Contact: James Carskadon
STARKVILLE, Miss.—Mississippi State University leaders shared how MSU’s success is moving Mississippi forward during Tuesday’s [Feb. 13] spring general faculty meeting.
“From the Tennessee line to the Gulf of Mexico, Mississippi State University employees are serving every day to help make this state better, to grow our economy and to serve communities all over this state,” MSU President Mark E. Keenum said during his address to the faculty. “There’s no other organization, institution or university doing what you all are doing.”
Keenum highlighted many ongoing capital projects that will allow the university to advance its research, teaching and outreach missions while accommodating a growing student enrollment. The new Meat Science and Muscle Biology Laboratory, located in front of the Wise Center, is expected to be complete later this spring. Adjacent to the meat science building is an Animal and Dairy Science Building, which is on track to be completed this year. Plans also are moving forward for a new Poultry Science Building. The three new buildings will form an L-shape complex, enhancing the university’s teaching and research capabilities in these important agricultural fields, Keenum said.
MSU is moving forward with plans for a $34 million engineering and science complex. Keenum said he hopes to break ground on that project this summer. On Thursday [Feb. 15], MSU will present its proposal for a mixed-use student housing development to the Mississippi Institutions of Higher Learning Board of Trustees. The public-private-partnership with Memphis-based Education Realty Trust will “transform the area around the former Aiken Village site.” Many other capital projects continue to progress in either the construction or planning phases.
MSU Vice President for Research and Economic Development David Shaw highlighted the university’s many ongoing major research projects, which have helped MSU remain ranked in the nation’s top 100 research institutions and Mississippi’s leading research university, according to the National Science Foundation. Shaw mentioned MSU’s selection to lead a major unmanned aerial systems project for the Department of Homeland Security, and the MSU-Starkville Oktibbeha School District Partnership School, which will allow the university to continue to grow its educational research while benefitting students of the local school district. Shaw also said the university continues to pursue international research partnerships.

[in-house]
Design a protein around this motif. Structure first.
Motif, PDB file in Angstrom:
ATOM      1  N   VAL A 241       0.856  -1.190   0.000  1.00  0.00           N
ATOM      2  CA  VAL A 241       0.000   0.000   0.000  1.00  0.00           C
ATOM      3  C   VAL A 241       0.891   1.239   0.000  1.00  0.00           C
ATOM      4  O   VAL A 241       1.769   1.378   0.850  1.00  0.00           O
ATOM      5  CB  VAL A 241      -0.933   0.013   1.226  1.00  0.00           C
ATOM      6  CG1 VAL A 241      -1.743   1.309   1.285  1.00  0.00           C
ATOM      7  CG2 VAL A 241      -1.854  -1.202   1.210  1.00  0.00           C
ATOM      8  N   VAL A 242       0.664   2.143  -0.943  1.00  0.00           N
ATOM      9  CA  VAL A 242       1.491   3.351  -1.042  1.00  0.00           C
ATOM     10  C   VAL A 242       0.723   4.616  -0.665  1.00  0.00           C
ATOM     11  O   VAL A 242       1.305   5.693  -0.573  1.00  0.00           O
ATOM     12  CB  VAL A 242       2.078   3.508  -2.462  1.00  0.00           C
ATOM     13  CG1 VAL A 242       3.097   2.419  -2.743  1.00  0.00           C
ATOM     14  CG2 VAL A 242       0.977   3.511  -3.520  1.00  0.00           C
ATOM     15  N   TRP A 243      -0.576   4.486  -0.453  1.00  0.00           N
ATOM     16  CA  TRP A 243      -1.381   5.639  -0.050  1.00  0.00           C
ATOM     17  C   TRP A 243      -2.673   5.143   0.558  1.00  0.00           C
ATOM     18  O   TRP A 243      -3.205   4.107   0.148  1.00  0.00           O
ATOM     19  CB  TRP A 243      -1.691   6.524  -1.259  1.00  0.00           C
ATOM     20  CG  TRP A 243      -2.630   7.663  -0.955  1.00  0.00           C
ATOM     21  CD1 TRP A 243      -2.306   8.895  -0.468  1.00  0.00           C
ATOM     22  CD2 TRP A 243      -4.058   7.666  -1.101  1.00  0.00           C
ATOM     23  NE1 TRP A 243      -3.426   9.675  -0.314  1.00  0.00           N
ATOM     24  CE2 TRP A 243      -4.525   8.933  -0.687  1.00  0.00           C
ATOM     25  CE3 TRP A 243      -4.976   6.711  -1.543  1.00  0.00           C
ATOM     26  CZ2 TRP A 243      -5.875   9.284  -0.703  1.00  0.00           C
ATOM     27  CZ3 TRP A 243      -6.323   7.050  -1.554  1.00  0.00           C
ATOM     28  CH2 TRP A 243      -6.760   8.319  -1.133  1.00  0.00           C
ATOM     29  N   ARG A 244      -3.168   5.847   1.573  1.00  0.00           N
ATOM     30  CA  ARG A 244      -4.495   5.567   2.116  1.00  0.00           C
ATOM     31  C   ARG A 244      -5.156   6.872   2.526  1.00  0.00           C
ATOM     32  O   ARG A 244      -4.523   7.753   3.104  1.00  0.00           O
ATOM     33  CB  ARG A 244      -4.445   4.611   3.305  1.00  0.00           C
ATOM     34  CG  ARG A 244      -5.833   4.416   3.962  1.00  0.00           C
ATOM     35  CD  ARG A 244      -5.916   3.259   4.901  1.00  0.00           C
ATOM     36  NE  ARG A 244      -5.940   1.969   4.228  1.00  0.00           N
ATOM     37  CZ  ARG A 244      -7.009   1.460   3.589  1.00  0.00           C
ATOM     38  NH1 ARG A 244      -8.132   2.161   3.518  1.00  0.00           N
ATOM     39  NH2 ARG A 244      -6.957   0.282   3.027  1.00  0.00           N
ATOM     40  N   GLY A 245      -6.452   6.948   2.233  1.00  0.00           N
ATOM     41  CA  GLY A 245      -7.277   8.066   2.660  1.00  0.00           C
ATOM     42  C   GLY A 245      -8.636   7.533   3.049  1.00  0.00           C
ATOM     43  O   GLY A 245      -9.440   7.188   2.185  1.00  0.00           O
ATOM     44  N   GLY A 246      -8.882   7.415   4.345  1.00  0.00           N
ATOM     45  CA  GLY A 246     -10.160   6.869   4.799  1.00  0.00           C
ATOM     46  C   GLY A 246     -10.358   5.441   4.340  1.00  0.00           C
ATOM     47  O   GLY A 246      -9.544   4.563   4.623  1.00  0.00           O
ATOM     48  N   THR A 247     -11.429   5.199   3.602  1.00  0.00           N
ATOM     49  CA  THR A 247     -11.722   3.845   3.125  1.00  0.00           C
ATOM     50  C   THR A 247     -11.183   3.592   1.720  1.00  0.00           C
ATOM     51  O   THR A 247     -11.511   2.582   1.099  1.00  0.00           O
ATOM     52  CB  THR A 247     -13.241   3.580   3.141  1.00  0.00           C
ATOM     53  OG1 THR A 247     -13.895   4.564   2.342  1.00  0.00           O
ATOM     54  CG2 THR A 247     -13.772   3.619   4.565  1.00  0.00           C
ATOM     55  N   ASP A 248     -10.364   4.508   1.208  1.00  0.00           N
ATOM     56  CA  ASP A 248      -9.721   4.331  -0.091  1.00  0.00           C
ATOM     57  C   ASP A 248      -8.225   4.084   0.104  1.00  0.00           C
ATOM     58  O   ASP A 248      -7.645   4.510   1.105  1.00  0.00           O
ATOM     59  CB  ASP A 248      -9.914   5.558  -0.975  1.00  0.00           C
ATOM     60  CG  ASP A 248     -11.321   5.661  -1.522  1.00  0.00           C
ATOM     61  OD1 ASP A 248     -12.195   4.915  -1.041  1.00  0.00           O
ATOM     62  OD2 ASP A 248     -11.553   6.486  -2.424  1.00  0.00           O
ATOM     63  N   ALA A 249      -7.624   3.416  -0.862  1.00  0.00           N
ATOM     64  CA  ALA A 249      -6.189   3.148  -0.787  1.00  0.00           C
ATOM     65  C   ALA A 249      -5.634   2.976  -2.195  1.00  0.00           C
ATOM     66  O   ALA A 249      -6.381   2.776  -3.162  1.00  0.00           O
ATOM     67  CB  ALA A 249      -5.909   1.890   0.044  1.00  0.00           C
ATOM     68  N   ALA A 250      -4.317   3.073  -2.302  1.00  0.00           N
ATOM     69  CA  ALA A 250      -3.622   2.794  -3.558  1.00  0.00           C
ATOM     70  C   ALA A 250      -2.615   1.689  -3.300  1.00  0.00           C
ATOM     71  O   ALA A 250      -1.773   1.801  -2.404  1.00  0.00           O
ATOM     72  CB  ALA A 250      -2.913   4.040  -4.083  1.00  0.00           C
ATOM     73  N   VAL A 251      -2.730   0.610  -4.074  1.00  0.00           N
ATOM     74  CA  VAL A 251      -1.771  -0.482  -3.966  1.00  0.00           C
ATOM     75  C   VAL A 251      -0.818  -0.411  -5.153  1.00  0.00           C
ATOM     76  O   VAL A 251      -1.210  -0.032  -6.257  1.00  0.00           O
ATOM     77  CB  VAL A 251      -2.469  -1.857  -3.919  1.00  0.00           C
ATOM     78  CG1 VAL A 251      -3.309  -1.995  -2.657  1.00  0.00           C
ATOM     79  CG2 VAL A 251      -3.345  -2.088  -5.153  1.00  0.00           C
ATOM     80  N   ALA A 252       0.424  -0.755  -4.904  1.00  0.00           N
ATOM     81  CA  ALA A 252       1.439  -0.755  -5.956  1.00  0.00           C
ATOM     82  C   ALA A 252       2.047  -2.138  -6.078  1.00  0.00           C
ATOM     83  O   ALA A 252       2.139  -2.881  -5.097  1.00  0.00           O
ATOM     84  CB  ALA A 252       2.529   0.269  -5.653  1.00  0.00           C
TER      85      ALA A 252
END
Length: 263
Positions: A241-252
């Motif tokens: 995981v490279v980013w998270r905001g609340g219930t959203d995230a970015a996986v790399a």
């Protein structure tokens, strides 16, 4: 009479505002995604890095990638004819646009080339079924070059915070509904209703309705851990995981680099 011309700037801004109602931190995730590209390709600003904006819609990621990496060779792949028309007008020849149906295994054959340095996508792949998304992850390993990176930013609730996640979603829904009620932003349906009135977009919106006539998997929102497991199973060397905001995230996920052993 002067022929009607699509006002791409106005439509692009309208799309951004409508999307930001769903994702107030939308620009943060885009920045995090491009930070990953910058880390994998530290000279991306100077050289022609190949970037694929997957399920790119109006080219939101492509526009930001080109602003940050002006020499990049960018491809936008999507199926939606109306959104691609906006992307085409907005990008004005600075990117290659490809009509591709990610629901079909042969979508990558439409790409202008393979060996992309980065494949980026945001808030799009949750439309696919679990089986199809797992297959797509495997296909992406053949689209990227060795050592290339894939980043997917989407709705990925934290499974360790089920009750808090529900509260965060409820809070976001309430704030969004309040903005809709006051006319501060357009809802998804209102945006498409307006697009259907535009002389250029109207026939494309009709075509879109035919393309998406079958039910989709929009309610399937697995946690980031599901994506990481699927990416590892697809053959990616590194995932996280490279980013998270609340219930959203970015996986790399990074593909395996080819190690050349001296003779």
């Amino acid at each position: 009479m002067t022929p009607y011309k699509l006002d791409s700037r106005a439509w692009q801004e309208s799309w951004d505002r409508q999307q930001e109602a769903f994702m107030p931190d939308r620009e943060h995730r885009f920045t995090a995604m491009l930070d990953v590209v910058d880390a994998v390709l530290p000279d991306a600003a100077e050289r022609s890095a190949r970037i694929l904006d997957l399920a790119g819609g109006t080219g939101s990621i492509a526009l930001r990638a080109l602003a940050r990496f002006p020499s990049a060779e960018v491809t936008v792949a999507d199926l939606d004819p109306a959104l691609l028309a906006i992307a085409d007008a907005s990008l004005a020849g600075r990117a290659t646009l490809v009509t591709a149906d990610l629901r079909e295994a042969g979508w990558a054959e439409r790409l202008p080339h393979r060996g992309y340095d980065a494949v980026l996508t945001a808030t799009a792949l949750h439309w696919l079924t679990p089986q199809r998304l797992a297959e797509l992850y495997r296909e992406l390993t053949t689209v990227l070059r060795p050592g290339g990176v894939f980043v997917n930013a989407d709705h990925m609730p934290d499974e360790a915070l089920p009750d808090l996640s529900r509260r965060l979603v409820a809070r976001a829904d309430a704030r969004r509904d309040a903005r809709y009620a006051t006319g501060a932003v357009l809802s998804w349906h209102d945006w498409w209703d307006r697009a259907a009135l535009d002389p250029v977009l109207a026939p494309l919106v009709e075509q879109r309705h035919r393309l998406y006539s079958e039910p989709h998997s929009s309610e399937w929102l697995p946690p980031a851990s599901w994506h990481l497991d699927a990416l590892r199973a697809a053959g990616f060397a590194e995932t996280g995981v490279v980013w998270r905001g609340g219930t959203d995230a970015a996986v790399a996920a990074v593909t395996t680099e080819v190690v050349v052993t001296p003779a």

“The national and international recognition our faculty receive for their work continues to amaze me,” Shaw said. “I think our university is doing amazing things on a number of fronts.”
MSU Provost and Executive Vice President Judy Bonner discussed MSU’s continued academic success. As the MSU student body grows, it is also attracting high-quality students, Bonner said. In MSU’s record freshman class of 2017, 27 percent of the students had an ACT score of 28 or above. Applications to the university’s Shackouls Honors College have increased significantly, Bonner said.
“MSU is not only growing in number, but MSU is growing in quality,” she said.
Greg Bohach, MSU vice president for agriculture, forestry and veterinary medicine, said he looks forward to seeing the impact from the new agricultural research and teaching facilities that are under construction.
“Agriculture is an $8 billion industry in this state and we’re proud that it is the driving economic force for the state of Mississippi,” Bohach said.
MSU is Mississippi’s leading university, available online at www.msstate.edu.